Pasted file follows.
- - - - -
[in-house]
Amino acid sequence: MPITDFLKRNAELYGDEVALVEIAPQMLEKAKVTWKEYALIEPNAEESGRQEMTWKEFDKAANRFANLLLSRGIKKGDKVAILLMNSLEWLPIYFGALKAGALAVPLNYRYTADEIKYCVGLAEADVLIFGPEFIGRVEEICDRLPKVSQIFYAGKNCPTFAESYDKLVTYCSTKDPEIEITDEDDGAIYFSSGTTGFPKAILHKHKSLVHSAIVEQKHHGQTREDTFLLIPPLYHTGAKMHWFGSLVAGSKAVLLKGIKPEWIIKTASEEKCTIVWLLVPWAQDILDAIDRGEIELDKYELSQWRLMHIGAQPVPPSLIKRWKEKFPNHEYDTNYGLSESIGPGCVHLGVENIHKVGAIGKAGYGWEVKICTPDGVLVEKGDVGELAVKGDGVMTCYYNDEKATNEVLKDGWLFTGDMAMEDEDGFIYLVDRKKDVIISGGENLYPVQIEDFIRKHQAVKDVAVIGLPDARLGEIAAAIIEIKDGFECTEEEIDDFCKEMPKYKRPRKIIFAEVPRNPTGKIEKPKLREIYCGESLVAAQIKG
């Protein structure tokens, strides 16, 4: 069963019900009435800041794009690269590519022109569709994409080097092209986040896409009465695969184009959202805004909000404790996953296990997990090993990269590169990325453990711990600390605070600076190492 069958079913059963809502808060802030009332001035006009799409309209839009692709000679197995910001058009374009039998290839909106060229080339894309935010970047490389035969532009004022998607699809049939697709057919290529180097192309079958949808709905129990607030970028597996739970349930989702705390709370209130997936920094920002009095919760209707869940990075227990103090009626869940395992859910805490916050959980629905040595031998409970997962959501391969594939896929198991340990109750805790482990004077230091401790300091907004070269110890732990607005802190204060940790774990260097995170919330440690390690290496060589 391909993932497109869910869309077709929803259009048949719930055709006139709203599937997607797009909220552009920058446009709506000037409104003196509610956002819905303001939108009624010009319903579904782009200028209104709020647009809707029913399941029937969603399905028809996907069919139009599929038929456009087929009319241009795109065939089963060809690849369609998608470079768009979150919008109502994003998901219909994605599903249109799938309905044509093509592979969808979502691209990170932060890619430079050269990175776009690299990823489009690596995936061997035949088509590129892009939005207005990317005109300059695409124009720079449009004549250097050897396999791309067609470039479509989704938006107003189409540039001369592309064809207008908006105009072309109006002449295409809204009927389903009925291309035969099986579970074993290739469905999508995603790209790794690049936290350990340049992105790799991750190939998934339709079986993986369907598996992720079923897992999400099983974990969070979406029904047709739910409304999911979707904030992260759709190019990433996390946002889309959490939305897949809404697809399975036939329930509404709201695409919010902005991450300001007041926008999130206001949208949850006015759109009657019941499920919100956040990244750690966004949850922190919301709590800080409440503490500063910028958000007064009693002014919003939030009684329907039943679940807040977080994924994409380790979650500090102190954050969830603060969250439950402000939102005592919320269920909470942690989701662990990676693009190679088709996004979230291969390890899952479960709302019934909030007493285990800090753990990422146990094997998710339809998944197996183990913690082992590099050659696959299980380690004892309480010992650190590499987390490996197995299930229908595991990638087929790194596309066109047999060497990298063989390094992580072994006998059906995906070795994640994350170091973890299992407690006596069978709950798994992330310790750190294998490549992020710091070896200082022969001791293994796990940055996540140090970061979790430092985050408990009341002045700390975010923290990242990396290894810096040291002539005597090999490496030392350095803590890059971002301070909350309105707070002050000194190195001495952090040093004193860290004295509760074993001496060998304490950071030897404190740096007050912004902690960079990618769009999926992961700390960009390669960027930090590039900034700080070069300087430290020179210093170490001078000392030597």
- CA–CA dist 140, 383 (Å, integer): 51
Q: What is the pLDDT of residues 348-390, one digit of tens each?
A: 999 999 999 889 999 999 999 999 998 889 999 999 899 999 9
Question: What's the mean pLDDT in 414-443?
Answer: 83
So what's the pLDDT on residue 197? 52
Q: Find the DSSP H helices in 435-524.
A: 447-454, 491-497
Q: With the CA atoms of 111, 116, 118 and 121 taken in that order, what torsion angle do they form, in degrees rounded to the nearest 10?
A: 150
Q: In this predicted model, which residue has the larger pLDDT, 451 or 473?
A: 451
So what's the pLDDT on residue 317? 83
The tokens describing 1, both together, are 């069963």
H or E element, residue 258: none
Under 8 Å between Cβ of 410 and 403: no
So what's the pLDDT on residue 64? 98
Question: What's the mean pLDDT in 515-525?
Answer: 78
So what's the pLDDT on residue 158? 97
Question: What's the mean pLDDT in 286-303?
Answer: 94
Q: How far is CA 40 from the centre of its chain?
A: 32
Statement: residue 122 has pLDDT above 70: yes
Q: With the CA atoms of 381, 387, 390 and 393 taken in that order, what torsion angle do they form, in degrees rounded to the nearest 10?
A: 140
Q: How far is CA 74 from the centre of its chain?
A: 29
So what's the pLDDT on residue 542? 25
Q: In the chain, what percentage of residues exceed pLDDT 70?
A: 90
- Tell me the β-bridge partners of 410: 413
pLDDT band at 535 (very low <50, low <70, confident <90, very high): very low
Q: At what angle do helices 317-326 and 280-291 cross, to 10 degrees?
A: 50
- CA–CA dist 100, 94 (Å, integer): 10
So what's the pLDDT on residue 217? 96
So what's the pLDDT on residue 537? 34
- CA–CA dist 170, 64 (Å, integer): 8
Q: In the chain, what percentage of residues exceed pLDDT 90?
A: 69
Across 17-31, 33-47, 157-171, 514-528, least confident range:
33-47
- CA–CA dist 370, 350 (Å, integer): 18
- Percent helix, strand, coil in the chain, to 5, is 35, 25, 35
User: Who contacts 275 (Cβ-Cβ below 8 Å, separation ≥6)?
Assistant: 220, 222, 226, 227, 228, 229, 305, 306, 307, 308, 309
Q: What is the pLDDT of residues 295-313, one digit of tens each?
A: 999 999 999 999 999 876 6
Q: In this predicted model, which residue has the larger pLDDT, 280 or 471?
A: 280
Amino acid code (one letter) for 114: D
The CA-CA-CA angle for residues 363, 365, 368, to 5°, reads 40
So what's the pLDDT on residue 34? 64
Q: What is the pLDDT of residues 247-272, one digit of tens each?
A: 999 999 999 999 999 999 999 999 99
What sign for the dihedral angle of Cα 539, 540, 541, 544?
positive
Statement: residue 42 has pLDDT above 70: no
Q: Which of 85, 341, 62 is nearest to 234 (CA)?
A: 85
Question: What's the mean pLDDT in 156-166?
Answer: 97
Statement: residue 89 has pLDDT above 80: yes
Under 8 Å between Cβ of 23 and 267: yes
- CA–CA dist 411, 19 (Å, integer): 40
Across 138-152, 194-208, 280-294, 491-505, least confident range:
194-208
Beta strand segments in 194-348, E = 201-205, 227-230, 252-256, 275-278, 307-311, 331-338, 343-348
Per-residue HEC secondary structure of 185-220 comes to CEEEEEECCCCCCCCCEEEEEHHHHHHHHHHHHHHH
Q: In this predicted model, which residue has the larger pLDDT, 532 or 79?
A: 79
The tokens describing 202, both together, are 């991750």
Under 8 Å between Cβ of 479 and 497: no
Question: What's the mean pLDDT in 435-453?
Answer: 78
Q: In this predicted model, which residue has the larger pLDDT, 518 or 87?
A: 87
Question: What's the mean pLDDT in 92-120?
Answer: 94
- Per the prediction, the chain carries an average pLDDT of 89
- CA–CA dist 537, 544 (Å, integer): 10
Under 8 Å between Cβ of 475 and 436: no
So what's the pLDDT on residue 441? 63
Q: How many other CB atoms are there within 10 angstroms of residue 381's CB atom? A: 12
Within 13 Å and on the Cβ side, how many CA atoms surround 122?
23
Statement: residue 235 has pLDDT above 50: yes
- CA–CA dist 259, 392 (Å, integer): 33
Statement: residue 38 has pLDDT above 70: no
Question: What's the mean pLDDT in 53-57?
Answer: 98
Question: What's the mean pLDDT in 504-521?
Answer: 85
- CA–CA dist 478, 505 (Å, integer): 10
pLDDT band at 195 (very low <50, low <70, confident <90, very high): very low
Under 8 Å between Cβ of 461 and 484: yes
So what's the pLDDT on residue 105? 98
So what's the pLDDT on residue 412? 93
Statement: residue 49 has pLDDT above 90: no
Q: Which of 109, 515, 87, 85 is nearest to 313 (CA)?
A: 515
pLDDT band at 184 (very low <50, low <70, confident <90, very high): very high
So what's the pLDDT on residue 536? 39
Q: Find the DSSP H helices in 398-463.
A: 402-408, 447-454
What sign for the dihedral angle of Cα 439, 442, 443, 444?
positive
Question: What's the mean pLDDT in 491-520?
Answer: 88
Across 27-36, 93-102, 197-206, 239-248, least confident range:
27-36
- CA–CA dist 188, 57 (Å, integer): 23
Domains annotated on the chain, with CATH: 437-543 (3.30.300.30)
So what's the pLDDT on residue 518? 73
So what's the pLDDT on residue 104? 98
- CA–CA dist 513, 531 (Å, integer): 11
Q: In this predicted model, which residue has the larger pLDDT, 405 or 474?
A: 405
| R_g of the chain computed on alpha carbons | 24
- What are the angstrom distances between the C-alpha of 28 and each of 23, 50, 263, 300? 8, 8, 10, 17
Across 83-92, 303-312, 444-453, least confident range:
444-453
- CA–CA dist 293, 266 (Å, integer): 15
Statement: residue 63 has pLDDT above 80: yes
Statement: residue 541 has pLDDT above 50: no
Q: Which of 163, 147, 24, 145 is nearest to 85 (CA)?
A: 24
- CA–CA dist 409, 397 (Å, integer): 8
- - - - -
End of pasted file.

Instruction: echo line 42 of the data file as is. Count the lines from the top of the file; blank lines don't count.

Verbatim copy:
So what's the pLDDT on residue 537? 34